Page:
The most common reason for performing a labyrinthectomy is to treat Meniere’s disease that has not responded to other treatments. Additionally, other forms of inner ear damage may be treated with a labyrinthectomy.

Following a mastoidectomy, the balance canals of the inner ear (the labyrinth) are removed surgically. This removes balance and hearing function from the ear and allows the body to compensate by learning to use the other normally functioning ear for balance. The surgery requires an inpatient stay for 1-3 days.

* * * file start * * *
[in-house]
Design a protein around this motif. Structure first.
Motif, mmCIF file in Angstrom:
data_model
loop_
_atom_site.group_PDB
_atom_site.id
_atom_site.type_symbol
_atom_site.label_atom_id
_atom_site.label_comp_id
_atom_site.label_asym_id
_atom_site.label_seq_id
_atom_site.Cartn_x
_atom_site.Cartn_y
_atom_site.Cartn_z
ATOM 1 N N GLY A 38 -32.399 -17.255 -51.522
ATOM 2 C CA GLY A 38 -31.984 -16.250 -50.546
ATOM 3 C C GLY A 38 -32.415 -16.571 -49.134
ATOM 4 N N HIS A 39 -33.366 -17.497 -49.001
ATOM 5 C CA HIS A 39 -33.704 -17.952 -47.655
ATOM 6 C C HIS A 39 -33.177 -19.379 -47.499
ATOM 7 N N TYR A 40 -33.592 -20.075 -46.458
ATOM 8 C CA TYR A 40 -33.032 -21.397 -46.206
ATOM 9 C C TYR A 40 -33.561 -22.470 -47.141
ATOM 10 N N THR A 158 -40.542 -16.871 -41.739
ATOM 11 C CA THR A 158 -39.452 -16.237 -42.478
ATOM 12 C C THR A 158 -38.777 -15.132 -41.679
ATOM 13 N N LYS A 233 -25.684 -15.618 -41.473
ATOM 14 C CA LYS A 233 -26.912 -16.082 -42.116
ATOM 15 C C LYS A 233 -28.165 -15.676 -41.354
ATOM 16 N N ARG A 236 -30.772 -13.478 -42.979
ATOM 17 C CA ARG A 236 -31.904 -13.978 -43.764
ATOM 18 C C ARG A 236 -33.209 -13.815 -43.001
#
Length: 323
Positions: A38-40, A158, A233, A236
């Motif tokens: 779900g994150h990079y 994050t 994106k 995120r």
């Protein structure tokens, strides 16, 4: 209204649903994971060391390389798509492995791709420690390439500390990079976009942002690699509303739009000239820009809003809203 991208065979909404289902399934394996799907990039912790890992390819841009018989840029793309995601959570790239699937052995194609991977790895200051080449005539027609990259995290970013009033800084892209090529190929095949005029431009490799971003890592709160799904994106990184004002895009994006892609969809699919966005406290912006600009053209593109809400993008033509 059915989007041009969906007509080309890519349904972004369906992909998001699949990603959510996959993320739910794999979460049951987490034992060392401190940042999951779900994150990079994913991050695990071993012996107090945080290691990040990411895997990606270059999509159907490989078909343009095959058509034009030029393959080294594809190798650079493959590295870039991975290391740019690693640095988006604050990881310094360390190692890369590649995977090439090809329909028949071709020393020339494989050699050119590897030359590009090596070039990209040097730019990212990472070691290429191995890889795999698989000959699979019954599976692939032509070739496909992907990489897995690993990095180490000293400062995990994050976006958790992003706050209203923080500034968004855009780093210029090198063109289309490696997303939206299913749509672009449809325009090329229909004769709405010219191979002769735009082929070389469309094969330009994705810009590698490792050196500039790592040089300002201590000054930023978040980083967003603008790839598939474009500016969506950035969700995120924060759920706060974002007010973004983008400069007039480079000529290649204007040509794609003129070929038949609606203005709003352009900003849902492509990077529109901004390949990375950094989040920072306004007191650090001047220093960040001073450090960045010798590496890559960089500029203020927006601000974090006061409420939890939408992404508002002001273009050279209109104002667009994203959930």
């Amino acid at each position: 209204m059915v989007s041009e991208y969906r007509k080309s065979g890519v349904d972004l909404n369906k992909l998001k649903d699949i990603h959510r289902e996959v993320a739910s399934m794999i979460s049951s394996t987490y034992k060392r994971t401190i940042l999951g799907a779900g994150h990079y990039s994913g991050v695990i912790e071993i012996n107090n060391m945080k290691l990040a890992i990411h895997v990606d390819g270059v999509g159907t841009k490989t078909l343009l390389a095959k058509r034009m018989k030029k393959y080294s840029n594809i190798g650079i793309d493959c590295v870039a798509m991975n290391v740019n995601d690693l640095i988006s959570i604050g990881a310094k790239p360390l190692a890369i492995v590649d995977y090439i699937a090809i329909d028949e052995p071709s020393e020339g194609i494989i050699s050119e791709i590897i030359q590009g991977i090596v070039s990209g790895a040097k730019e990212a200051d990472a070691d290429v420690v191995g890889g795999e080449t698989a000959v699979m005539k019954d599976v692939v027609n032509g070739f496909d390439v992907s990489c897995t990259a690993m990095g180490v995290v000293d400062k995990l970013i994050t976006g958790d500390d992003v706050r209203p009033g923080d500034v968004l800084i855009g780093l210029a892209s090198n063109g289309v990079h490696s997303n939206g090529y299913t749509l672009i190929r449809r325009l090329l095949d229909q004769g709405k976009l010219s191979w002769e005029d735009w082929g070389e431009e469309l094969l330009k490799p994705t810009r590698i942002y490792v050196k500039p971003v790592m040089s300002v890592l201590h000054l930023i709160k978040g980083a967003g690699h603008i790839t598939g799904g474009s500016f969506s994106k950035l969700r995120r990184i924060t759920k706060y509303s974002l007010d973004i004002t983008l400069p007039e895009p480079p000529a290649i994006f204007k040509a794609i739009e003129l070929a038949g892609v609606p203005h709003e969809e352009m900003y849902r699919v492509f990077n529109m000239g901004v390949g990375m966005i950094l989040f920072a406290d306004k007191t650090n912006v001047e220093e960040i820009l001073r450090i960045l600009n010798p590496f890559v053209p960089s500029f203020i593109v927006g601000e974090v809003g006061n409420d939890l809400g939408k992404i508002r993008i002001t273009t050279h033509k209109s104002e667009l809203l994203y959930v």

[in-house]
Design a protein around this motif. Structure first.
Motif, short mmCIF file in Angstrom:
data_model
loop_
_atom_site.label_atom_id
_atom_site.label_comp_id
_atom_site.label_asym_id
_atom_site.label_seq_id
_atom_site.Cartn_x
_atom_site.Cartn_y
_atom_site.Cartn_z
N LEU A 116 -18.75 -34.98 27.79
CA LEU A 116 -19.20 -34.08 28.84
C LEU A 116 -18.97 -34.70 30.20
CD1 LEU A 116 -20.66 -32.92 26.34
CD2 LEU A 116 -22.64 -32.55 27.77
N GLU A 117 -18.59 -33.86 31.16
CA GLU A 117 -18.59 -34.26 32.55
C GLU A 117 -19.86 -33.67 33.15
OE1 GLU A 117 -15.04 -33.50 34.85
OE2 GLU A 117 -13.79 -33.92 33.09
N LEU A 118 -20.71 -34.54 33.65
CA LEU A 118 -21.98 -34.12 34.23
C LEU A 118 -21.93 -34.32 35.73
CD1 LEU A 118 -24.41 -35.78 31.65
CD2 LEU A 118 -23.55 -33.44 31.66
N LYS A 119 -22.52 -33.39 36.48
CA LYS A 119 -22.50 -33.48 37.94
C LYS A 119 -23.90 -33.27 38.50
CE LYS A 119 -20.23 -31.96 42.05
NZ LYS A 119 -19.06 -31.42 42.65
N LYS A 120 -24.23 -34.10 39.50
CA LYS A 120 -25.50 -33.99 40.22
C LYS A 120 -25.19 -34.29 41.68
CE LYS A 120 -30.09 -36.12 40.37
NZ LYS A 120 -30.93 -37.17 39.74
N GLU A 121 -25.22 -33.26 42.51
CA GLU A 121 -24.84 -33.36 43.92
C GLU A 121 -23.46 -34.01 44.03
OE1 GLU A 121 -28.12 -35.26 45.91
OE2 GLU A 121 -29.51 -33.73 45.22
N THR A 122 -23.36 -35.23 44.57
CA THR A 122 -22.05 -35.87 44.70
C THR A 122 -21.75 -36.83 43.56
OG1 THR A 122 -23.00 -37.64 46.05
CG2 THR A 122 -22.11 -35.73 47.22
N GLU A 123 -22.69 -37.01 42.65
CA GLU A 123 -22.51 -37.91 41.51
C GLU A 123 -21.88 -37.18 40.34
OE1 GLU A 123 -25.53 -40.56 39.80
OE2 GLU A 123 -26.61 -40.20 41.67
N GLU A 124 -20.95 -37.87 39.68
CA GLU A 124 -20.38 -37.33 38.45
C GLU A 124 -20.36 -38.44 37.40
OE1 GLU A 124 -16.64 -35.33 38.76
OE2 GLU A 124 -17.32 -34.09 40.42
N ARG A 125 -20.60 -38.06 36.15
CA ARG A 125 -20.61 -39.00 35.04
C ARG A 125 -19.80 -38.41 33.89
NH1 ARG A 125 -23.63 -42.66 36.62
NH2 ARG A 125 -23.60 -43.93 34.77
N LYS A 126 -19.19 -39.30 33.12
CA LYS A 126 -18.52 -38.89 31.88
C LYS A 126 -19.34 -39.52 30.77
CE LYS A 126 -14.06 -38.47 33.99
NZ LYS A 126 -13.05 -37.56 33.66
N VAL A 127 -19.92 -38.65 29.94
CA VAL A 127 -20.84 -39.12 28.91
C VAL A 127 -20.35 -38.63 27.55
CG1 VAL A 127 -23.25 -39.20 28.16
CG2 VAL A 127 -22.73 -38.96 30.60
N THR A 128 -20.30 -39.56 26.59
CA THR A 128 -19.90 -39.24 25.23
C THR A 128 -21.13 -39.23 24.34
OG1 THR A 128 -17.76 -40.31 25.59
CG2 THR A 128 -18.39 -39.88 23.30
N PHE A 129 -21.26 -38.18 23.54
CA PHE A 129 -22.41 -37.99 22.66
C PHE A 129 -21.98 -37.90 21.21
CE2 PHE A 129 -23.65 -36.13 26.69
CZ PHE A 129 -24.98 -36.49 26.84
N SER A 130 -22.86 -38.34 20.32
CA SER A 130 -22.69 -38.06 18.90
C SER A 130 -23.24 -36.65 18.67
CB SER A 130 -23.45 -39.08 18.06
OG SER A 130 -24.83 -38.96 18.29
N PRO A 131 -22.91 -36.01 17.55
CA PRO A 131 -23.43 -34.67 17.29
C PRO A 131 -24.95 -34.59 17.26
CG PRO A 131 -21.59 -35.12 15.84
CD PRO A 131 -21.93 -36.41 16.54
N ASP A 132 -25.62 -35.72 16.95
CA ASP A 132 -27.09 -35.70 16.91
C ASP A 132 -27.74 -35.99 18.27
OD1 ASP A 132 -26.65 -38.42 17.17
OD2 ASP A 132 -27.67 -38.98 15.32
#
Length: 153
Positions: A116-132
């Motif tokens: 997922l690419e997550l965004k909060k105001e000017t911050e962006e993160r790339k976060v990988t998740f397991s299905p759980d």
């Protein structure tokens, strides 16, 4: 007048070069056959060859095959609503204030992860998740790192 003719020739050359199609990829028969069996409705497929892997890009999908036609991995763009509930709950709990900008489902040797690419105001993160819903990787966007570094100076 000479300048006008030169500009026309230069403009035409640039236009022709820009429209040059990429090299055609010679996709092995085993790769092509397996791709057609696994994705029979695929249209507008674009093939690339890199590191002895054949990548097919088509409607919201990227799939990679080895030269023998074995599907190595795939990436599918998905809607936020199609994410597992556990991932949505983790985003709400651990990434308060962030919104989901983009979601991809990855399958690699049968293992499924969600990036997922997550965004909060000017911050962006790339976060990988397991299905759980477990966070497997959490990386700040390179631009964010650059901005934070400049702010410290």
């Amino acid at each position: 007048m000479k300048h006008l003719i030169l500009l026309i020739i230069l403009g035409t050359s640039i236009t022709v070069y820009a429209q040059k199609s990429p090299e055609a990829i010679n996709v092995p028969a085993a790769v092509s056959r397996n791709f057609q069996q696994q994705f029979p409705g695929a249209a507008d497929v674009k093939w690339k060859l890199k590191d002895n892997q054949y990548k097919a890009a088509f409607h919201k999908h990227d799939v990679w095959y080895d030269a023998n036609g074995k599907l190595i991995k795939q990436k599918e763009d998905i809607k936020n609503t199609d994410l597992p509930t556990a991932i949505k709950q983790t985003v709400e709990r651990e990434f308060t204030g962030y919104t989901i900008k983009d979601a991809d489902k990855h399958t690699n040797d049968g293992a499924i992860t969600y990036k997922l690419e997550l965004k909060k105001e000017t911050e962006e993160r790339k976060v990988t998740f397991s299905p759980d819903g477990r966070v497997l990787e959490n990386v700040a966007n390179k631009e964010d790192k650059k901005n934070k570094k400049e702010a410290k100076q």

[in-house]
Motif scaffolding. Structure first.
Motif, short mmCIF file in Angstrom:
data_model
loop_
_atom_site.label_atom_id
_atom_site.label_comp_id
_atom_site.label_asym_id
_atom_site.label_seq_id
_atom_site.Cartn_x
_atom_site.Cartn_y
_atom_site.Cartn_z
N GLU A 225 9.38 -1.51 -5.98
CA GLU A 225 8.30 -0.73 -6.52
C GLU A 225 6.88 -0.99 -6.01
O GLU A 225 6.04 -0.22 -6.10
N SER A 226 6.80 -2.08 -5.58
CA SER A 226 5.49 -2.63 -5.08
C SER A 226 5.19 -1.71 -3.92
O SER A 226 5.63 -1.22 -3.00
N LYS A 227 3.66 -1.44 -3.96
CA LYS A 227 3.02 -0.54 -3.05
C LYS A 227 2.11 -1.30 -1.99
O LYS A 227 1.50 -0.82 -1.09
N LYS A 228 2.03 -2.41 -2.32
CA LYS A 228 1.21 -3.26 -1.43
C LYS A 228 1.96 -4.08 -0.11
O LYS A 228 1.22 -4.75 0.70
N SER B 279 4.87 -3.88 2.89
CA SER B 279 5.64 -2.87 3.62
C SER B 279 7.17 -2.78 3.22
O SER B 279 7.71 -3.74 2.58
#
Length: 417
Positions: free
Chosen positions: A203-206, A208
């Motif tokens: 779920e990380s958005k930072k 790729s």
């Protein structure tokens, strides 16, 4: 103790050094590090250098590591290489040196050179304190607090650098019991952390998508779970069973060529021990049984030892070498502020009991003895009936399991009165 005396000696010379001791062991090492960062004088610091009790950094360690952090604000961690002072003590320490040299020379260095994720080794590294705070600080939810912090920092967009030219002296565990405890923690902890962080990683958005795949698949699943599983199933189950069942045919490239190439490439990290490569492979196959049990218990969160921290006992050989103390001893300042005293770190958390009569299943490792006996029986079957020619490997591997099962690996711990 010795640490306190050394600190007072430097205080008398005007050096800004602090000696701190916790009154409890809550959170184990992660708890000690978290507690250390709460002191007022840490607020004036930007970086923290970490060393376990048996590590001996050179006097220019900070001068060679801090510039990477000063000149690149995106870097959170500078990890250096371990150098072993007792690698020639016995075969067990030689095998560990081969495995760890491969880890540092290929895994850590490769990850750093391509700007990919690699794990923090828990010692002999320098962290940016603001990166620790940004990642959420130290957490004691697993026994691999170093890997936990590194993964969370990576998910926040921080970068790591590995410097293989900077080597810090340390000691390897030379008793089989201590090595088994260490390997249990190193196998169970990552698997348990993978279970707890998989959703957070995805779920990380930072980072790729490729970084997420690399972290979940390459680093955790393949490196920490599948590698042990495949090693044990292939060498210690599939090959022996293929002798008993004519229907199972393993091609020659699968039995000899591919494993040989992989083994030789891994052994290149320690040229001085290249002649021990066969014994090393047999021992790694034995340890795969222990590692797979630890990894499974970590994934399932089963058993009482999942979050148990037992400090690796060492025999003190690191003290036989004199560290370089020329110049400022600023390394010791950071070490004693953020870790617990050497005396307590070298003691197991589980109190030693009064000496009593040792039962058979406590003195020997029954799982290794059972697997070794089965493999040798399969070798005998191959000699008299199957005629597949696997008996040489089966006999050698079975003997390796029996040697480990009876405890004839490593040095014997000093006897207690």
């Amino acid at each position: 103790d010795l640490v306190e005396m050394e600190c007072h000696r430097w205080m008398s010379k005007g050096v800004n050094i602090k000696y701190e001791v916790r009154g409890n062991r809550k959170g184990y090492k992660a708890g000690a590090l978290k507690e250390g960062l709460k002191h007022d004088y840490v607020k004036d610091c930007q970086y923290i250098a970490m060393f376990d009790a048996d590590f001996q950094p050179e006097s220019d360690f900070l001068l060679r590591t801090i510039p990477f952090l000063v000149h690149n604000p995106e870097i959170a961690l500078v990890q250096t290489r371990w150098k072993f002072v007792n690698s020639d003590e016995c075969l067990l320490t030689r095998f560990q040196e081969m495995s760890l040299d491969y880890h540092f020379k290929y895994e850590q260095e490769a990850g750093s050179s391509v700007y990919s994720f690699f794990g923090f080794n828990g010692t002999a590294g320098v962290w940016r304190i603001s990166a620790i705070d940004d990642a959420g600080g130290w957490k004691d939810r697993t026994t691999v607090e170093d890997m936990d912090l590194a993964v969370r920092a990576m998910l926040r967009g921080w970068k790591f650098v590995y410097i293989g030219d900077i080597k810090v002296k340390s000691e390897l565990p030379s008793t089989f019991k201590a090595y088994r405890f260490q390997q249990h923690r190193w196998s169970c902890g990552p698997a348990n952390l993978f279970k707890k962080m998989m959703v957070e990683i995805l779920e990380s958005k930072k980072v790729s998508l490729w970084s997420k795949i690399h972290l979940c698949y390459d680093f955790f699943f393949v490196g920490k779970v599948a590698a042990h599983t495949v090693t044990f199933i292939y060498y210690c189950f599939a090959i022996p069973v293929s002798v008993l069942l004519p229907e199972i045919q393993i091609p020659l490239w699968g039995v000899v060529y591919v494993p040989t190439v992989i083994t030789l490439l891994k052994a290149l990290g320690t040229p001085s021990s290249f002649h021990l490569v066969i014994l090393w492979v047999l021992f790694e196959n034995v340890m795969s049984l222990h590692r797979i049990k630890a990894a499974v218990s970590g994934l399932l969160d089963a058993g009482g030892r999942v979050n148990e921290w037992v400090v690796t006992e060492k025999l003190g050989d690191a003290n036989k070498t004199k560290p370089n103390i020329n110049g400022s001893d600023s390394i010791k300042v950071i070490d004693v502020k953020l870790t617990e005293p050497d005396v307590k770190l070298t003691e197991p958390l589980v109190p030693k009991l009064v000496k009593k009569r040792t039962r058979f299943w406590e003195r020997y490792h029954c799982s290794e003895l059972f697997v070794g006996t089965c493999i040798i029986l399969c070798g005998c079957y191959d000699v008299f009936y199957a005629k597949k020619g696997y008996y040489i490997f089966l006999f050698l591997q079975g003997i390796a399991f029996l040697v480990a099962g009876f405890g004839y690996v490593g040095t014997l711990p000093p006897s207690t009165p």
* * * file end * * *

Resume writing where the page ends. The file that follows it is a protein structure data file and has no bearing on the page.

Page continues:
Following surgery, there is often severe vertigo for a day or two. This can be controlled with medication. After a week, the patient experiences a period of moderate imbalance without vertigo while the opposite ear takes over the command of the entire balance function and assumes full control. This period can last six to eight weeks. The more active an individual is after surgery, the more rapid the recovery of balance function will be.